By: Russell Swansen, Chief Investment Officer, Thrivent Asset Management July 14, 2016
Non-farm payroll jobs jumped 287,000 in June – the highest one-month gain since October 2015, according to the U.S. Department of Labor Employment Report issued July 8. On the other hand, the already weak employment gain from May was revised downward from 38,000 to just 11,000 new jobs.
The combined total of the past two months works out to an average of 149,000 new jobs per month, which is at the low end of the range this year. In the past 12 months prior to April, job growth had averaged about 230,000 new jobs per month. Job growth in June was strongest in leisure and entertainment, health care, professional and business services, and financial services.
Although the 287,000 new hires in June were higher than expected (economists surveyed by Reuters had said, on average, that they were expecting nonfarm payrolls to grow by about 175,000 for June), the combined total of the past two months was consistent with our modest expectations for economic growth this year.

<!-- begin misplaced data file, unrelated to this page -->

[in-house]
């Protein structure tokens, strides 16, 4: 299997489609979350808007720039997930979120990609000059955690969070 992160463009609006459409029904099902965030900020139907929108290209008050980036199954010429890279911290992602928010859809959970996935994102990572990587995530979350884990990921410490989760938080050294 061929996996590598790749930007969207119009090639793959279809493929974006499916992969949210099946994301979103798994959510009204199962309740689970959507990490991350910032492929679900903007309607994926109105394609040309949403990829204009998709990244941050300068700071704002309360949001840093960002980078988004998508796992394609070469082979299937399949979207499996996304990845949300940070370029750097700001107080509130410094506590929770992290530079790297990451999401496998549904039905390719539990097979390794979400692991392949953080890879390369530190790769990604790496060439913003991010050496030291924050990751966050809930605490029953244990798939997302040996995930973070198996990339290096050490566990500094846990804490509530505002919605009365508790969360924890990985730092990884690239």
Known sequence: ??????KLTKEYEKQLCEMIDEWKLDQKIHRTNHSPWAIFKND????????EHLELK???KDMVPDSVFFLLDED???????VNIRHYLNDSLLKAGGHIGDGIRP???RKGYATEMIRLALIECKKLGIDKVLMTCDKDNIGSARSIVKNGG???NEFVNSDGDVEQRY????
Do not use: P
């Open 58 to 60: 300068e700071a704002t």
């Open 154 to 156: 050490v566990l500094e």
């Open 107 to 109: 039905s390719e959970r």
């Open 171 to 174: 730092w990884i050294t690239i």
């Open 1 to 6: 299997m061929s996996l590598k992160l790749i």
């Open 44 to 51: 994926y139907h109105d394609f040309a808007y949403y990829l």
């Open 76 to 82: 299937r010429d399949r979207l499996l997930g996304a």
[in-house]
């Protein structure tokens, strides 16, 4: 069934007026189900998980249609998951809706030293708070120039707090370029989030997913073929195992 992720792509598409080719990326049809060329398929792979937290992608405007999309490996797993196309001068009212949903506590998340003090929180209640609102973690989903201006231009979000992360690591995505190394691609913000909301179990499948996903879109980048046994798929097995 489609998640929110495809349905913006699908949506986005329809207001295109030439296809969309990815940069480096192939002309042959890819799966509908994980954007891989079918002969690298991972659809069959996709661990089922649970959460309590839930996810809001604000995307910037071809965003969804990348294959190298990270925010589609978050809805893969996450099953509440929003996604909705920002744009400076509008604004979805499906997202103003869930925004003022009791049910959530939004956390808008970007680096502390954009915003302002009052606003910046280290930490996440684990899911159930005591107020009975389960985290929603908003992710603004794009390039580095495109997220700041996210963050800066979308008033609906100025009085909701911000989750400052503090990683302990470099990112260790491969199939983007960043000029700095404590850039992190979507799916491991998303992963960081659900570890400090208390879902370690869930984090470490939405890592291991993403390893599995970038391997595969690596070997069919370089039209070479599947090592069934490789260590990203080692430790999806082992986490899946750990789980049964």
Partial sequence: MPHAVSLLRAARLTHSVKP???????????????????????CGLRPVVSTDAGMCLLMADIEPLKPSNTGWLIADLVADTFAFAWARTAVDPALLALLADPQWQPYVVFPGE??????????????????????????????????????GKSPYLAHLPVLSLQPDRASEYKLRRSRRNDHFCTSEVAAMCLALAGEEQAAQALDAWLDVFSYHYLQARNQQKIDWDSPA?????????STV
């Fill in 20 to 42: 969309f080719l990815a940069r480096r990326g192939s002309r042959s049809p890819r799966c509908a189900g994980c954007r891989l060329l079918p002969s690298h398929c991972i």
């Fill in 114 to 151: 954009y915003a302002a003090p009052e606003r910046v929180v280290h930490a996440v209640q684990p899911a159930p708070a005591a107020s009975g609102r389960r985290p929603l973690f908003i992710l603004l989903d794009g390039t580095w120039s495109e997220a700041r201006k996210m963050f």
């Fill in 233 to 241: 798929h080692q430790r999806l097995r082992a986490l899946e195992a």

Despite the raft of new hires in June, the unemployment rate actually ticked up from 4.7 percent to 4.9 percent, which is still considered low by historical standards. The uptick in unemployment was due primarily to a large number of people entering the workforce and beginning to look for work, which could also be interpreted as a positive sign for the economy.
The labor participation rate for those in their prime working years (25 - 54) continues to be a point of concern, and has still not reached the level of participation prior to the 2008-2010 recession.
Here are some other highlights:
- The average workweek, a leading indicator, remained flat at 34.4 hours for the fifth consecutive month.
- Initial unemployment claims, also a leading indicator, remain at an extraordinary low level.
- Over the past 12 months, average hourly earnings have risen at a faster pace than inflation. While earnings have grown by 2.6 percent, the Consumer Price Index for all Urban Consumers (CPI-U) had increased by just 1.1 percent year-over-year through May.
Our outlook for 2016 economic growth in the US remains modest at around 1 percent. That is somewhat lower than the average view of 1.9 percent, according to the June Blue Chip survey report.
In spite of the strong employment growth in June, we believe the Fed will remain cautious about tightening monetary policy due to the downside risks to the global economy, heightened uncertainty following Brexit, the slow pace of economic growth in the U.S. and overseas, low productivity growth, and subdued inflation.
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